By Wichit Chaitrong
Thailand’s ranking among 141 economies has dropped to 40th place from 38 in 2018 in the just-released WEF Global Competitiveness Index.
Singapore tops the rankings, overtaking the United States, while Vietnam jumped 10 spots to 67th
place, according to a survey by the WEF, which seeks to promote public-private cooperation.
Kobsak Pootrakool, deputy secretary-general to the prime minister for political affairs, on Wednesday (October 9) acknowledged Thailand’s ranking slipping even as some scores rose. “It’s like a running competition – if our pace is slower, others will overtake us, so we have to run faster,” he said.
Assistant Professor Wilert Puriwat, dean of the Chulalongkorn Business School, which is allied with the WEF, said that, If Thailand wants to improve its ranking, labour skills must be improved.
“The survey found that skills among new university graduates have declined, especially in the area of critical thinking,” he said.
The way students are taught needs to change, he said, noting that Thailand’s score on critical thinking in the classroom was the world’s lowest at 37 out of 100 points. In assessing skills possessed by the future workforce, the survey names Finland first for critical thinking in teaching, with 89 points.
“We’ve failed the exam and it can’t be fixed by simply retaking the test – we need to restart learning,” Wilert said, alluding to Thai students routinely performing poorly on tests compared to foreign counterparts, a lag blamed on the traditional reliance here on rote learning through memorisation.
The WEF urged Thailand to encourage creative and critical individual thinking in the classroom instead.
Finland ranks second for skills of current workforce, scoring 75.8 points compared to Thailand’s 52.2. The WEF recommended better staff training and increased attention to digital skills.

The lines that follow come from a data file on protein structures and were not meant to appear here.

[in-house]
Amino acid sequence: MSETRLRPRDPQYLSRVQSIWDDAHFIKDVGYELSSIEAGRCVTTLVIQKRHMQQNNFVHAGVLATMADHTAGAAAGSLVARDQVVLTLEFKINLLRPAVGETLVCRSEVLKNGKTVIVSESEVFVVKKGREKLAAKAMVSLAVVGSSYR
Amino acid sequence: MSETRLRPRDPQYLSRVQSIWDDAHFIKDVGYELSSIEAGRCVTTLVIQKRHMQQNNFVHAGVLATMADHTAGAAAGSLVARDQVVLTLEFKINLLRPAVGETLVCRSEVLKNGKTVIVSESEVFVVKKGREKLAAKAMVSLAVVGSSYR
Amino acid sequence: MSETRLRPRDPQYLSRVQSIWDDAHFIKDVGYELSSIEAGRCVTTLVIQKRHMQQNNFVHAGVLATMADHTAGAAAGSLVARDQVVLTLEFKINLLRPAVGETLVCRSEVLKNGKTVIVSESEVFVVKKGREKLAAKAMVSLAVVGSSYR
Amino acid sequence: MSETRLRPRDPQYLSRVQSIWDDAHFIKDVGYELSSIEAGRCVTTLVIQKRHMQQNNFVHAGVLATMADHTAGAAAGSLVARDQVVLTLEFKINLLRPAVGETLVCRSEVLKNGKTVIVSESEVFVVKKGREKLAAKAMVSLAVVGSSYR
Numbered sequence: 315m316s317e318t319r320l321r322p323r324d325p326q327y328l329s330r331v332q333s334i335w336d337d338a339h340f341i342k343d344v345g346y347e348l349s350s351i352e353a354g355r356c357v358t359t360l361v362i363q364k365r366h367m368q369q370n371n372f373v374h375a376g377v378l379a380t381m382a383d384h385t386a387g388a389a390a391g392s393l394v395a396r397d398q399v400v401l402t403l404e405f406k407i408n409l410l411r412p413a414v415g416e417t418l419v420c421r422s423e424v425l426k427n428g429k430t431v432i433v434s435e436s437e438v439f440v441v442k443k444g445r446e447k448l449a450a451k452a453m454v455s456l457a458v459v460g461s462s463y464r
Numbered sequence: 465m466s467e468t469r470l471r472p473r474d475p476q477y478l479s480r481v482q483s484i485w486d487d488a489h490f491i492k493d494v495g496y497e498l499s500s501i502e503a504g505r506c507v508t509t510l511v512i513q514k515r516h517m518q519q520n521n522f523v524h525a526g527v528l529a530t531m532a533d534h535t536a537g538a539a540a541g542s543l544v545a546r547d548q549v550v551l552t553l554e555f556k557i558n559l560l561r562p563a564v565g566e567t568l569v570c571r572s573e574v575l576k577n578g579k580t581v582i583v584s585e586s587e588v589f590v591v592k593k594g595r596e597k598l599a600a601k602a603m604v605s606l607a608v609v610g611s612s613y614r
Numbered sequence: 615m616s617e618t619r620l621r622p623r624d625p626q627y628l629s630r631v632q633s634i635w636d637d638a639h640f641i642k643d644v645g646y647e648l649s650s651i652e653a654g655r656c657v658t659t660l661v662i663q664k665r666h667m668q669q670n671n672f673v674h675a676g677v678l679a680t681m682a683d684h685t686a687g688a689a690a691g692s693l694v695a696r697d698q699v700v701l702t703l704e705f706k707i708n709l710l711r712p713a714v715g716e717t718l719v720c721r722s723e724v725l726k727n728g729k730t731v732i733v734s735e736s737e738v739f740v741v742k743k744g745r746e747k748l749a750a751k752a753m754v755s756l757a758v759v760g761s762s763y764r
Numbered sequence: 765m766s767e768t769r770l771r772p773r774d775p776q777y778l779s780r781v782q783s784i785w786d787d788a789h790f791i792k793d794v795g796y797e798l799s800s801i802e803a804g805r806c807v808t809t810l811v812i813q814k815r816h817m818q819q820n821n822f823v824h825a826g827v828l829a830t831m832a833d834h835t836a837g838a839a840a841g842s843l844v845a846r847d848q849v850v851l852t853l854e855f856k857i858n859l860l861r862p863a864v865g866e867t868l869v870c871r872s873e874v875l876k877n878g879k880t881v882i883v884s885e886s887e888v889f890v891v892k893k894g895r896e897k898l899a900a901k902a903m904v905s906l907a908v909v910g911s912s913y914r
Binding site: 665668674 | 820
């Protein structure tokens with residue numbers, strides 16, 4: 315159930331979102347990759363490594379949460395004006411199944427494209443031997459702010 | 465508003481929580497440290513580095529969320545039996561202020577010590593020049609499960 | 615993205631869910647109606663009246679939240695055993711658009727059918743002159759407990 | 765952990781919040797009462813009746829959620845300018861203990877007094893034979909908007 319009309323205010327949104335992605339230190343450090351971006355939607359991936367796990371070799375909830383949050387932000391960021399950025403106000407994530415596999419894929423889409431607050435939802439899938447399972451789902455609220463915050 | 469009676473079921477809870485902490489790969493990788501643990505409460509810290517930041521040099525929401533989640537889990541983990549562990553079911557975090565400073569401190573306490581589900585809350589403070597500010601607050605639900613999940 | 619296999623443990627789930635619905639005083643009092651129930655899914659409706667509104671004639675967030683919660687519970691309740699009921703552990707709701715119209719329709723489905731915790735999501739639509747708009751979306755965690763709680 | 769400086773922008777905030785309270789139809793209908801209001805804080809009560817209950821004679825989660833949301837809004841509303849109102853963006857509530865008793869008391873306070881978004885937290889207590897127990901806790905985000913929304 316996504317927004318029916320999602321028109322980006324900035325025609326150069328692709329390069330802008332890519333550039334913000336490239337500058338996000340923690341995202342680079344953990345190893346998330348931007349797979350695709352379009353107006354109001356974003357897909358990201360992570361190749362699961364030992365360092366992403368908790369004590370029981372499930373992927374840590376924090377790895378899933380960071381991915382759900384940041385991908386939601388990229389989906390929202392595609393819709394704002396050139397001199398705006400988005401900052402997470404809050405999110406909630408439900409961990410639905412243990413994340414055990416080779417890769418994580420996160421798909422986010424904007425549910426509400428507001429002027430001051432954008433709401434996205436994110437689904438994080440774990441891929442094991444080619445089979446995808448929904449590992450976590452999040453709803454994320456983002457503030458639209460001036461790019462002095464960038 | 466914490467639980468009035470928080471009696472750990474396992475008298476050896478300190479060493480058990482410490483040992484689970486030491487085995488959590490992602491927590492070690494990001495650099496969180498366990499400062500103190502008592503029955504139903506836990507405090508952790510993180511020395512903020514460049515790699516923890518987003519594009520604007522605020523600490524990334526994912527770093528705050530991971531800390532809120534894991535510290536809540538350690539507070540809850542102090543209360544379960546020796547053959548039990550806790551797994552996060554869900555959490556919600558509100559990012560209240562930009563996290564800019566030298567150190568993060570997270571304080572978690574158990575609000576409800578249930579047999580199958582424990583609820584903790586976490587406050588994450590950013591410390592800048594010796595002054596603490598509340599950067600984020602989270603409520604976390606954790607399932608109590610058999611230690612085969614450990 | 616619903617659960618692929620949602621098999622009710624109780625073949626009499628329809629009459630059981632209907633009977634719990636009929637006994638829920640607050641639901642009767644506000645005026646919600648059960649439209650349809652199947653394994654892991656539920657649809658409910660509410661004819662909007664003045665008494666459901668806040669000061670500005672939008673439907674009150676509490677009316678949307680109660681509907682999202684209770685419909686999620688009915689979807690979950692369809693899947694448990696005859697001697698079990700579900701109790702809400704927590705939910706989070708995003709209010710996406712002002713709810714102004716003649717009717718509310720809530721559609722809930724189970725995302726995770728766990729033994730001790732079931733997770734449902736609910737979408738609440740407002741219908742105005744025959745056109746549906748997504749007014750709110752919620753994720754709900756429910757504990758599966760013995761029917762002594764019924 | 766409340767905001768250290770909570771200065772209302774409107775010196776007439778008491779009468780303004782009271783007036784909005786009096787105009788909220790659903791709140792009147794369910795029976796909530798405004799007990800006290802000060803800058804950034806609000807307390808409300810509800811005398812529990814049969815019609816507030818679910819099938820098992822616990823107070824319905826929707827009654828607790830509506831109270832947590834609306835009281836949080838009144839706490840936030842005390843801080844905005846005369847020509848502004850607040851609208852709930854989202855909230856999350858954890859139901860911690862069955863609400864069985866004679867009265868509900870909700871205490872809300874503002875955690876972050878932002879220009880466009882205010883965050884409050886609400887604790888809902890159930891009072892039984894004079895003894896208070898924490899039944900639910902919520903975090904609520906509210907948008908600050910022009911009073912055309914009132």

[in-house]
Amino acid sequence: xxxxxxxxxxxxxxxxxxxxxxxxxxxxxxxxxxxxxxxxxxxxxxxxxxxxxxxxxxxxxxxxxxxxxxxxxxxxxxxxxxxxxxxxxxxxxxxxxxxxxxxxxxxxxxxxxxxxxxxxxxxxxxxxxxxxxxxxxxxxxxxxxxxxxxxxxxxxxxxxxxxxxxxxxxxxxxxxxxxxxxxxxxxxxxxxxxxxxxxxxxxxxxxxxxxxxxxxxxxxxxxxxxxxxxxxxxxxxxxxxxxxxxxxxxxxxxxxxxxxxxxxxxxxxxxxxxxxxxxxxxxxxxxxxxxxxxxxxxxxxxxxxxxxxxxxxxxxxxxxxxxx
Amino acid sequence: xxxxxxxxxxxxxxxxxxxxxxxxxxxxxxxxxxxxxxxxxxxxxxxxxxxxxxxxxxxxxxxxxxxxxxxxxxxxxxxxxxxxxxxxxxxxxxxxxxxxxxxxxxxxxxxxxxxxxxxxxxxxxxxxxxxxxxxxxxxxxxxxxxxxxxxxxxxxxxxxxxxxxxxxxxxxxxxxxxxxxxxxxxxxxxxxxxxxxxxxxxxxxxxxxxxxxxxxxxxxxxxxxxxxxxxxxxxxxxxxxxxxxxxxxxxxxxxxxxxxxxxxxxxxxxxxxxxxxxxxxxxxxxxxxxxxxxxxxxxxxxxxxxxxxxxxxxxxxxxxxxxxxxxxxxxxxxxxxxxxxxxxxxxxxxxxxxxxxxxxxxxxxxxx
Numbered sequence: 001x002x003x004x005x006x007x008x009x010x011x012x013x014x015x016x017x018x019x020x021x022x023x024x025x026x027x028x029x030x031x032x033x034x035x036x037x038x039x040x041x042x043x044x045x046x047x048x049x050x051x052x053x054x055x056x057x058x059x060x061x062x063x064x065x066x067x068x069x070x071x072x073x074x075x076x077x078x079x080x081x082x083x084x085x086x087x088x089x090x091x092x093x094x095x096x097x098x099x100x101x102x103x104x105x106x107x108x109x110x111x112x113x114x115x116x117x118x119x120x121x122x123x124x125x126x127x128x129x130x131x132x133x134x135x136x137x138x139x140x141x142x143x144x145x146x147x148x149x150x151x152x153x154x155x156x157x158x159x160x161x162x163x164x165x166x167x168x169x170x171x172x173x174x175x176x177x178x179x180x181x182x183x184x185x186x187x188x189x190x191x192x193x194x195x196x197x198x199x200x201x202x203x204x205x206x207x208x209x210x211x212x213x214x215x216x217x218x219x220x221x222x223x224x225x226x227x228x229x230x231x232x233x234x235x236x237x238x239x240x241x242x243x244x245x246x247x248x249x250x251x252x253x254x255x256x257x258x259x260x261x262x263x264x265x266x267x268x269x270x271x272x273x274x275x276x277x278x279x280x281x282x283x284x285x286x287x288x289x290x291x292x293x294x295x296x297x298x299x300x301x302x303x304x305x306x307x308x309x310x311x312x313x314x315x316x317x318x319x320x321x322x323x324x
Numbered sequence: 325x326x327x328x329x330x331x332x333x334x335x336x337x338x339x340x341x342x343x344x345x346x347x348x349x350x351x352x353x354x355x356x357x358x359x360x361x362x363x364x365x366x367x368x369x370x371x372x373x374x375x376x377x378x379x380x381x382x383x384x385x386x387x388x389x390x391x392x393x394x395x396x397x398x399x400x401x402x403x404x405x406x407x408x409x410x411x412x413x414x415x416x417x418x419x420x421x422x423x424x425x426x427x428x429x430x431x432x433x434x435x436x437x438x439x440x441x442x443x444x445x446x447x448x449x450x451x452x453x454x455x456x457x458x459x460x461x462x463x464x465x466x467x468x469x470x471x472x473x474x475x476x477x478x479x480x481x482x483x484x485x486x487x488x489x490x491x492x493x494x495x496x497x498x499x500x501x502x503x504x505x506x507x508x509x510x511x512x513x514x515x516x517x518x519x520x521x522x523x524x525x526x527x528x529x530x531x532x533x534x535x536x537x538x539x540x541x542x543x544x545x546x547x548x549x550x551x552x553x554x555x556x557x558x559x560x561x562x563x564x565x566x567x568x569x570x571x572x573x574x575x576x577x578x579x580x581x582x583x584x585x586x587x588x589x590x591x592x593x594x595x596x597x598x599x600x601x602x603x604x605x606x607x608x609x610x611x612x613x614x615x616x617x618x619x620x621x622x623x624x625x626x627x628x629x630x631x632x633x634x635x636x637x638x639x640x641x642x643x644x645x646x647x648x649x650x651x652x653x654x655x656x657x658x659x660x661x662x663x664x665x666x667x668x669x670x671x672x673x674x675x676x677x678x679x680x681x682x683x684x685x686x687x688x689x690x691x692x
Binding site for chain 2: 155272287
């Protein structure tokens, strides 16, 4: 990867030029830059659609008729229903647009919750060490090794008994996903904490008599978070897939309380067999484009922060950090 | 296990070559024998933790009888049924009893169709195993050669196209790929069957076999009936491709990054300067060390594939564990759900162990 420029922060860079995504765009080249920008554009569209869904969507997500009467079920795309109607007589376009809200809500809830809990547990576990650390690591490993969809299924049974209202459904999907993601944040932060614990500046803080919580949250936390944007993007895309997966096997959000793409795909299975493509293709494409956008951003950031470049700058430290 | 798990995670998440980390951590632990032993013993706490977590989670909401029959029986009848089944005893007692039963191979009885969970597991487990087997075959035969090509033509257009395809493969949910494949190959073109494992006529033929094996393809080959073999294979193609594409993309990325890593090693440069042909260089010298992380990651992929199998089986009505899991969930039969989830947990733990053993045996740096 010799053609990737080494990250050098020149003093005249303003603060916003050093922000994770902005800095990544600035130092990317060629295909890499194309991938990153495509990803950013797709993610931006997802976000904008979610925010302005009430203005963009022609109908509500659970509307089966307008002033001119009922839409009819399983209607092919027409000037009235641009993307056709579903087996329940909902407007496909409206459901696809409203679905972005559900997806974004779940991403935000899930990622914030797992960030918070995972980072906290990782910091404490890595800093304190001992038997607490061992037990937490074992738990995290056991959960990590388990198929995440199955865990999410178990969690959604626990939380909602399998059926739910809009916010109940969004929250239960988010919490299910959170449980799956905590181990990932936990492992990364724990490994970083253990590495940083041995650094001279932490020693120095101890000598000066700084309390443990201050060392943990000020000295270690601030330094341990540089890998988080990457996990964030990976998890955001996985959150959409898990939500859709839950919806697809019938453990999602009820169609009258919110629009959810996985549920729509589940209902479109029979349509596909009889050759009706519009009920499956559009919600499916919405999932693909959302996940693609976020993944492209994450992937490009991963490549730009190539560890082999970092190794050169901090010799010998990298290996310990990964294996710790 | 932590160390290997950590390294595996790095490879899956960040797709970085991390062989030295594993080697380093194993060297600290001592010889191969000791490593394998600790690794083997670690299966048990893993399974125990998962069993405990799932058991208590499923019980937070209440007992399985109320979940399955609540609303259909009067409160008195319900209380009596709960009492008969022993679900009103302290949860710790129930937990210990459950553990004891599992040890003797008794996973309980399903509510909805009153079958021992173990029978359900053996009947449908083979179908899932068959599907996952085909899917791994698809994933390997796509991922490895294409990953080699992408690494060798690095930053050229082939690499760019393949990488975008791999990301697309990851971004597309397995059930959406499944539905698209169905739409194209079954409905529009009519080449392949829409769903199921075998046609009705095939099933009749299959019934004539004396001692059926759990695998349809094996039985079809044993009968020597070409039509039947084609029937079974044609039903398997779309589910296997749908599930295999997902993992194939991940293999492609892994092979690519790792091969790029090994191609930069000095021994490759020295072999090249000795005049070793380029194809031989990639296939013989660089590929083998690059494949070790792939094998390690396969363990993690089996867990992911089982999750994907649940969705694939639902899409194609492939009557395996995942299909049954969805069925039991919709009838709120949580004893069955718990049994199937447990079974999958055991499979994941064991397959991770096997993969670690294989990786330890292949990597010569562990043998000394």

Noting the only a few large Thai companies dominate the domestic market, muscling aside smaller contenders, Wilert said Switzerland provides a model for spreading dominance among many firms by helping smaller ones gain market share. Switzerland ranks first in the sharing of market dominance, he noted.
“This will take time since the few big firms have dominated the market for so long,” he said.
Although tap water has become widely available widely across the country, it is not as safe to drink as that found in developed countries, said Wilert.
The index covers four main categories.
First is proving an “enabling environment” and assesses institutions, infrastructure, ICT adoption and macroeconomic stability. Second is “human capital” and examines health and skills.
In the third, product markets, the labour market, the financial system and market size are compared. Fourth is the “innovation ecosystem”, which looks at business dynamism and capacity for innovation.
In all there are 103 separate factors examined for which up to 100 points can be awarded.
Thailand’s 68.1 GCI ranking places it in the top 40 among the 141 economies surveyed, but it it progressing more slowly than other countries, Wilert noted.
Its identified weaknesses are in institutions, innovation capability, product markets and skills. Its strengths are the financial system, public health and macro-economic stability.
The score for institutions dropped from 55.1 in 2018 to 54.8 this year, the ranking from 67 to 60. Corruption and an inefficient legal framework for challenging regulations were the key damaging factors, the WEF said.
The score for infrastructure fell from 69.7 to 67.8 and the ranking from 71st to 60th place due to continued reliance on an inefficient railway service.
“Improvement in the rankings will come if there is rapid progress in several areas, such as reducing corruption, improving infrastructure and workforce skills, and boosting the level of domestic market competition,” Wilert said.